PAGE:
- Preserving personal reputation and integrity is of utmost importance. Never do something that will make the other party “lose face.” At least not publicly.
- Controlling emotions is an absolute social norm. You should never show genuine anger or excessive enthusiasm.
- Business associates should always be addressed by their title or at least the usual “Mr.” and “Ms.” Exaggerated intimacy is considered disrespectful.
- Meals play a very important role in the Chinese culture. That is why you should schedule your meetings over lunch or dinner.
Making the most of your free time
Finally, let’s take a look at some of the sightseeing options you can use to fill in the time in-between the meetings. Fortunately, Hong Kong is a city filled with historical landmarks and tourist attractions. Here are some of the most important mentions.
- Victoria Harbor – A beautiful look at the city skyline from the bay waters
- A Walled Village – A traditional 500-years old walled settlement
- Man Mo Temple – A beautiful shrine devoted to literature god Man Tai
- Lamma Island – Scenic rural retreat riddled with deserted beaches and traditional villages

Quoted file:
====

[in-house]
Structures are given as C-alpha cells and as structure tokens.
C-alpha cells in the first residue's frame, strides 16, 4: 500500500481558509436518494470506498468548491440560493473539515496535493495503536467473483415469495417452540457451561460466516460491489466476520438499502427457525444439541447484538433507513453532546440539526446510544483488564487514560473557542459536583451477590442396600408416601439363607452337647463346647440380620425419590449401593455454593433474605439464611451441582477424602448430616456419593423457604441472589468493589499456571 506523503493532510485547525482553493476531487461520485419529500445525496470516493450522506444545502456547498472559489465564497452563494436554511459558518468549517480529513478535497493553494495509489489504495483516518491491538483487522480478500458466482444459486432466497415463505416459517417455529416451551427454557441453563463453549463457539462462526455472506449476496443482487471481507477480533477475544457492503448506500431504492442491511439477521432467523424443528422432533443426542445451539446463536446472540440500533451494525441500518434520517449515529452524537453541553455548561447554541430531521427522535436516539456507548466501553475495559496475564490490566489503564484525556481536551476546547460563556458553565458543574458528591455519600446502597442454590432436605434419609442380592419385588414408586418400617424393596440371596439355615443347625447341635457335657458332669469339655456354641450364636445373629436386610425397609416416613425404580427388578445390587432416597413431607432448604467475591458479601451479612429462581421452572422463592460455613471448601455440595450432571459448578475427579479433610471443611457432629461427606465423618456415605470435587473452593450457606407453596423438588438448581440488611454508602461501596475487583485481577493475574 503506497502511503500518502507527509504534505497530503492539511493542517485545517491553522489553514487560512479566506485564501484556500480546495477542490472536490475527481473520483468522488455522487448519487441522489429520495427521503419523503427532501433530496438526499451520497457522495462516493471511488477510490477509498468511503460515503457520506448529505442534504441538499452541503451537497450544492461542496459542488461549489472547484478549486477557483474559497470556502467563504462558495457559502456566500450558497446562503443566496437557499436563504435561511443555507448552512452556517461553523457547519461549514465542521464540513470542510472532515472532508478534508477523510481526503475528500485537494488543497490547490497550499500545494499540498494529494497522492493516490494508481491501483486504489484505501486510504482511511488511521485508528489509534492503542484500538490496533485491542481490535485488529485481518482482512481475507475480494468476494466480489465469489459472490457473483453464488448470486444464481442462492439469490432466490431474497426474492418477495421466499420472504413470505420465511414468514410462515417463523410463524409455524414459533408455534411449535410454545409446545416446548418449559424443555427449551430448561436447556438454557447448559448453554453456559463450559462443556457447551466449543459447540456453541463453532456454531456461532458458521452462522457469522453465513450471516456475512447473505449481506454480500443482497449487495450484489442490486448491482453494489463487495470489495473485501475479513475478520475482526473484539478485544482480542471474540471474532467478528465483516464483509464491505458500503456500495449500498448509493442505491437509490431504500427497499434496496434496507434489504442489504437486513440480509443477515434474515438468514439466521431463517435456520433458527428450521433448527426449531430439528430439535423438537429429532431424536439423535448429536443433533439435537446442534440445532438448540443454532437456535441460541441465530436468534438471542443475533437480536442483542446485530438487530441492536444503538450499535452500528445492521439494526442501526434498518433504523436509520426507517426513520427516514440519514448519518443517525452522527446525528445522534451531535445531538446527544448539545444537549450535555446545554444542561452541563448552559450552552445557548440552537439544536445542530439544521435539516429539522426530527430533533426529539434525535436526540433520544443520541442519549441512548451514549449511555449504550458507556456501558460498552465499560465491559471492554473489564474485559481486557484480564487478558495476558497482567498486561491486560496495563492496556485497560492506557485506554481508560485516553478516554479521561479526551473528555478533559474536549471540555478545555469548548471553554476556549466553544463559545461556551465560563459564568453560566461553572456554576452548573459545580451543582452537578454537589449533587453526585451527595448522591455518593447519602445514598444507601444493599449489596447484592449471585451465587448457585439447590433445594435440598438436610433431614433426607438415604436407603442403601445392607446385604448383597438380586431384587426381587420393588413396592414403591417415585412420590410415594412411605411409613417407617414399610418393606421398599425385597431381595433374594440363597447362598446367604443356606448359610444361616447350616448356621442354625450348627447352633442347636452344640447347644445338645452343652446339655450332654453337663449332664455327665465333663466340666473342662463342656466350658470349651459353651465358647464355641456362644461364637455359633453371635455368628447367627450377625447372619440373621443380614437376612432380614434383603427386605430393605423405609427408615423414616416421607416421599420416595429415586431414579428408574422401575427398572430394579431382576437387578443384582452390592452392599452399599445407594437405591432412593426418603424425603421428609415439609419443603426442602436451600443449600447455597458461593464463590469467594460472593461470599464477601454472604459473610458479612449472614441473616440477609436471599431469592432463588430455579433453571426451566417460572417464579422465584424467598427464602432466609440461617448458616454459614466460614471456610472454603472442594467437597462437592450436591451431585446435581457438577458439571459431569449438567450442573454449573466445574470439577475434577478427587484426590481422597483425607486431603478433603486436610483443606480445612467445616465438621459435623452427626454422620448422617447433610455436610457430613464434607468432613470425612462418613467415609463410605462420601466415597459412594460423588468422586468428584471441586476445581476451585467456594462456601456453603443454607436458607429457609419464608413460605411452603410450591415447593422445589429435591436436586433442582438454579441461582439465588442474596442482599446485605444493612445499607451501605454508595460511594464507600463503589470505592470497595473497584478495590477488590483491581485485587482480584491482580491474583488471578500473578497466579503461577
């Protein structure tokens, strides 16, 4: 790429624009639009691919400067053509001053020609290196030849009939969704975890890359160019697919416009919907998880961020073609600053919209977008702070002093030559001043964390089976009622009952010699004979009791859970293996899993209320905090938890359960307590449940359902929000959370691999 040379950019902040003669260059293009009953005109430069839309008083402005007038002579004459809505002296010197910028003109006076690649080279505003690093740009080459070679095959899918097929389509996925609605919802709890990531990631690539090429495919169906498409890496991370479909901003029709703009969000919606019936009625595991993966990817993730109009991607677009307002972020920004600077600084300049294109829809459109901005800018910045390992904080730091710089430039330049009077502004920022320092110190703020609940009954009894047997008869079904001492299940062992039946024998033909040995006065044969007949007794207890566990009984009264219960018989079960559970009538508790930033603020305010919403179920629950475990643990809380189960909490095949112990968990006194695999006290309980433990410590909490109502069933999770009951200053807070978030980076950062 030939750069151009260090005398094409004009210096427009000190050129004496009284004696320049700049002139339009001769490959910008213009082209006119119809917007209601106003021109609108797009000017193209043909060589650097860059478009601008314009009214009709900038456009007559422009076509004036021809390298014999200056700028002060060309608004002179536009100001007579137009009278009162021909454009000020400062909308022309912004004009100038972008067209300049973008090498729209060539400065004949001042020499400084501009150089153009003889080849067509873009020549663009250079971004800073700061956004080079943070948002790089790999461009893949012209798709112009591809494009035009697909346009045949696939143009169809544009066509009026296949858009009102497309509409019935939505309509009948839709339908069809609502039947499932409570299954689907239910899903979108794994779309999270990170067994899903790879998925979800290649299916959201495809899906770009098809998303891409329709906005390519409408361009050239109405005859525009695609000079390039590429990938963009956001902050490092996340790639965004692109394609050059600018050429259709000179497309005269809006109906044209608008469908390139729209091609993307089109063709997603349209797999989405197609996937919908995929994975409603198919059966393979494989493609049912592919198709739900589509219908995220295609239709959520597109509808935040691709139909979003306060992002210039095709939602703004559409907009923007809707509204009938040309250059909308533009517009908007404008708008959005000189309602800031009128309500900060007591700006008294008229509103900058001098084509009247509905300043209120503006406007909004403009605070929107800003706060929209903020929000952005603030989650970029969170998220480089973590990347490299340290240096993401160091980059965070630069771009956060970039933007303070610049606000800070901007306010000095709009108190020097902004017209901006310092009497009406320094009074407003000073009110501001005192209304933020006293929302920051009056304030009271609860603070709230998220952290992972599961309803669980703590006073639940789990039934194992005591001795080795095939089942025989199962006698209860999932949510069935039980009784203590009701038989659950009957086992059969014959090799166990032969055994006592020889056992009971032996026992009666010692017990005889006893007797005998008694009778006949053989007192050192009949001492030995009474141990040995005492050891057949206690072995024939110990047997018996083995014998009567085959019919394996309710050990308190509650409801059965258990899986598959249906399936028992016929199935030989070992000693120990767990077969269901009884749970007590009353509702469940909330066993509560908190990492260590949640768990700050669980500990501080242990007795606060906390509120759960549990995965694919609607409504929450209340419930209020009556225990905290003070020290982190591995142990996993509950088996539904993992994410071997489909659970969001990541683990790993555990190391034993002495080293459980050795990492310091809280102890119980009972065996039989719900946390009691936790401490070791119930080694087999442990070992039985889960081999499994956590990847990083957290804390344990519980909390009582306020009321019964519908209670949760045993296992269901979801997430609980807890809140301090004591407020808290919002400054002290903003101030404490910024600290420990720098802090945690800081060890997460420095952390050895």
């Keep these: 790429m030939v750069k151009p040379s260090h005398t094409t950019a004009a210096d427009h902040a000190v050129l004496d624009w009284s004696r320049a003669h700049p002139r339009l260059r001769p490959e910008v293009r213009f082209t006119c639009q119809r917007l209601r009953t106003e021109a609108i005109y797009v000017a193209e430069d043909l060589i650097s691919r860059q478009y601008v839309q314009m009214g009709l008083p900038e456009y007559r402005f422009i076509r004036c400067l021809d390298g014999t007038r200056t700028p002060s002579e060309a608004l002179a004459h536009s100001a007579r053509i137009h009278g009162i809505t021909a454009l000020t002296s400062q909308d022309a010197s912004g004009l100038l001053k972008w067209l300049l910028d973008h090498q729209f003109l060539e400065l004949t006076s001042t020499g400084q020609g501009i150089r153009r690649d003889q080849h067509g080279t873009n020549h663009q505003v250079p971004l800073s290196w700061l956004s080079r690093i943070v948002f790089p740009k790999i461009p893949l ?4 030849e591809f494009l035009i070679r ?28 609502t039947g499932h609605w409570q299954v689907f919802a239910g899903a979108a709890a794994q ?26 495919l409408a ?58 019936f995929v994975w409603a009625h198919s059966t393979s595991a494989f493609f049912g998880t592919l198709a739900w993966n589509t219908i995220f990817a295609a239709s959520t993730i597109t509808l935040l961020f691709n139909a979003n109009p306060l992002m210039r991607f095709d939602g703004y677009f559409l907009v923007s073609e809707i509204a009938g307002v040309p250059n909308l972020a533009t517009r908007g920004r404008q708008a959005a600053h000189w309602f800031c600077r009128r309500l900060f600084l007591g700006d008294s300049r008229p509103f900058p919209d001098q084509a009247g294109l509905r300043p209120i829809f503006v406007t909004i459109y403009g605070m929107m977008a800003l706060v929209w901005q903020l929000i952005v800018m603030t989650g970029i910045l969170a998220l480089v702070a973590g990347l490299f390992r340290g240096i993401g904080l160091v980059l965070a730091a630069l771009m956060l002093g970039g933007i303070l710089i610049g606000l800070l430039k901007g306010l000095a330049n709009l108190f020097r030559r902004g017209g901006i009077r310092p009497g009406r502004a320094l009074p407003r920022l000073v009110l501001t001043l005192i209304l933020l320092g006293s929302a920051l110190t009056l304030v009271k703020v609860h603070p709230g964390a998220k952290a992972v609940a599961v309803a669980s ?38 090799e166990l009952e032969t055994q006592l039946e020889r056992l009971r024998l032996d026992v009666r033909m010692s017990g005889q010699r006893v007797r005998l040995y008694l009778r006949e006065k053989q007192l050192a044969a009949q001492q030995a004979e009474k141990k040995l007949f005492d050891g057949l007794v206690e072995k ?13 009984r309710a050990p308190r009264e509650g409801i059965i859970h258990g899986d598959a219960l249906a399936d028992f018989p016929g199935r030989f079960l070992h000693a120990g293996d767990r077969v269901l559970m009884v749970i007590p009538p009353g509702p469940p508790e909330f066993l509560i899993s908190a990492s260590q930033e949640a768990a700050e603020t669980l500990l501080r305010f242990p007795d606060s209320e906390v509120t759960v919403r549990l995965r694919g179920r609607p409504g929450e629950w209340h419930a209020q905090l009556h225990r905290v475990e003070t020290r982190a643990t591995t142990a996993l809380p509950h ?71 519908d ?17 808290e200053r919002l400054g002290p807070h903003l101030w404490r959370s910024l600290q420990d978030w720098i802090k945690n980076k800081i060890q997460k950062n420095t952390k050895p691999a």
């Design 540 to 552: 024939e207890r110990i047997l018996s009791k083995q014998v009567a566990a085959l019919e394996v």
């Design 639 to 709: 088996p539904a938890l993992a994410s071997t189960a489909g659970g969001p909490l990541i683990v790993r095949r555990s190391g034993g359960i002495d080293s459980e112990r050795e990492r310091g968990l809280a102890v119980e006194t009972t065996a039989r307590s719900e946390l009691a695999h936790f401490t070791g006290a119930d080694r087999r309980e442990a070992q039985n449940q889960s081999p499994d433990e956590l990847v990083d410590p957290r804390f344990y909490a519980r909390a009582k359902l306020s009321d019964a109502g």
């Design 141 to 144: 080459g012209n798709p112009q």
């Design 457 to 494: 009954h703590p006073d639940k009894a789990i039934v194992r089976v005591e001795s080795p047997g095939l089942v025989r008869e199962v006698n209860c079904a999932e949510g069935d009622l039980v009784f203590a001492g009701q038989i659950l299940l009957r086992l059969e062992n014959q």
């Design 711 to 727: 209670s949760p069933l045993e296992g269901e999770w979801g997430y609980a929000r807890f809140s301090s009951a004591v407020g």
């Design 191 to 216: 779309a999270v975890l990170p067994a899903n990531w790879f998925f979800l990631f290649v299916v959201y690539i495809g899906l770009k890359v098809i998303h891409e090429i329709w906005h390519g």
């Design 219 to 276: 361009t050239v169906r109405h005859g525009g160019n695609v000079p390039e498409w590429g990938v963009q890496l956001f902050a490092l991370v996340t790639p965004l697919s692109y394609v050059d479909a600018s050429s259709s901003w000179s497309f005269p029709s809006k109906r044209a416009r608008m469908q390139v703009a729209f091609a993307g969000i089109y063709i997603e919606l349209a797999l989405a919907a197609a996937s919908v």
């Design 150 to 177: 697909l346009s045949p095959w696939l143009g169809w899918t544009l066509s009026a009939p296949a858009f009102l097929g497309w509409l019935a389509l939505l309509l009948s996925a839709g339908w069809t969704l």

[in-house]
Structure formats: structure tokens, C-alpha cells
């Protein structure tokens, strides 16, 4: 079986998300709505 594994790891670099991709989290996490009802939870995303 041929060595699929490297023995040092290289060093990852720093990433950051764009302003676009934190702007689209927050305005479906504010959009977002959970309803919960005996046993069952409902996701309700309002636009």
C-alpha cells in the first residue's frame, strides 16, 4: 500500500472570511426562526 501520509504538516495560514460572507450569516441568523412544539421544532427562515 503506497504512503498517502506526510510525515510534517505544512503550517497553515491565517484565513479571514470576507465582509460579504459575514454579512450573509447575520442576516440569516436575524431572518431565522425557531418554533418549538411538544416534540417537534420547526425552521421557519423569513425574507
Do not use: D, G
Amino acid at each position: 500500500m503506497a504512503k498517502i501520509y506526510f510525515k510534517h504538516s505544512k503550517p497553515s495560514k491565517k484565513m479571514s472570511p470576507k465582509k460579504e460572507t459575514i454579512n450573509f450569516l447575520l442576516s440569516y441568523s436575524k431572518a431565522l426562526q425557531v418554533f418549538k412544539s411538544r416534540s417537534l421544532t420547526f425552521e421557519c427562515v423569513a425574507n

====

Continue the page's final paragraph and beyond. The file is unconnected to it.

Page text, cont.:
- Nathan Road – The commercial heart of Tsim Sha Tsui and one of Hong Kong’s most photographed streets.
- Statue Square – Once the center of the British power, this beautiful square is famous for its arched walkways, and wide verandas and colonial architecture.
Some of the popular music venues and evening clubs you can visit alone or with your partners include the likes of Canton Singing House, Peel Fresco, Fringe Club, and Ned Kelly’s Last Stand.
We hope that these few tips gave you some insight into the life and corporate culture in one of the most important financial centers of Southeast Asia. Much like any other multicultural metropolis in the world, Hong Kong has its own share of daily routines and customs that may confuse foreign visitors. Be sure to get acquainted with them before starting to extend your business network in China.